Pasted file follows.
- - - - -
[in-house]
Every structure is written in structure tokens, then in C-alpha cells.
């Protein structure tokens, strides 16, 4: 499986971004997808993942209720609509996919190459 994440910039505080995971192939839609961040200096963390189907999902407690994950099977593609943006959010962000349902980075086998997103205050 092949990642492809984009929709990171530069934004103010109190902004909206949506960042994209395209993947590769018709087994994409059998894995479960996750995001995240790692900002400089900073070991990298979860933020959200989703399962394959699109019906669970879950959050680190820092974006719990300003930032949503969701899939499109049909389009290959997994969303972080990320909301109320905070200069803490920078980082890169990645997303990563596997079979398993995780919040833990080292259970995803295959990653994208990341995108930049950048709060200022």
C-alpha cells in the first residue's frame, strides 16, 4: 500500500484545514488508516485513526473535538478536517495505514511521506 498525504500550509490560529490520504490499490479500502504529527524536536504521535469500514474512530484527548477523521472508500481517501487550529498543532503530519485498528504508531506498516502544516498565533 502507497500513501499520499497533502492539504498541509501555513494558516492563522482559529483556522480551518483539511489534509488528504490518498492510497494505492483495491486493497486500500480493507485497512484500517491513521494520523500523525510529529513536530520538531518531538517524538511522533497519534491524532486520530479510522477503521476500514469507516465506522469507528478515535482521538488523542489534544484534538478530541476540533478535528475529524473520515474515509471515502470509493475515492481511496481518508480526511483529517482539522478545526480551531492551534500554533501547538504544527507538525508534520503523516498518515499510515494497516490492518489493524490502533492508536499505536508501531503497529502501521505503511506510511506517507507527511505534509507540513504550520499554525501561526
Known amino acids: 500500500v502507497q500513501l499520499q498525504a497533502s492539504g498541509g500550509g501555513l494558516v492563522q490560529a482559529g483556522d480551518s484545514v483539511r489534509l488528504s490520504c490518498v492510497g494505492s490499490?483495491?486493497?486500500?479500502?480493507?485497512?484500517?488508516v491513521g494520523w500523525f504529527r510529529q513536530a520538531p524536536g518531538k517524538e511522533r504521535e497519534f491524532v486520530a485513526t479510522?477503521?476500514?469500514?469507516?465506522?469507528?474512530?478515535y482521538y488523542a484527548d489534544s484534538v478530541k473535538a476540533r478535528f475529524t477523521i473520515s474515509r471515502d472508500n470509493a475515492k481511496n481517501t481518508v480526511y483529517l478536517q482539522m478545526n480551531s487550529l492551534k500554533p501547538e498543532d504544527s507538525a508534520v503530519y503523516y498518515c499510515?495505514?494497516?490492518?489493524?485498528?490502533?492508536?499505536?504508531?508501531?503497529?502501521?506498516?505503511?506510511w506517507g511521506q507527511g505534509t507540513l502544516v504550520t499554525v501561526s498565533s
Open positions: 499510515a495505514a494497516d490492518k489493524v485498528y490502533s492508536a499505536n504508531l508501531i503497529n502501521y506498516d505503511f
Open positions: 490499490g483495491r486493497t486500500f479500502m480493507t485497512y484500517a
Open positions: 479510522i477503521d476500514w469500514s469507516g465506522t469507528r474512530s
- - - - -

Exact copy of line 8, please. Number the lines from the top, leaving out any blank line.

Open positions: 479510522i477503521d476500514w469500514s469507516g465506522t469507528r474512530s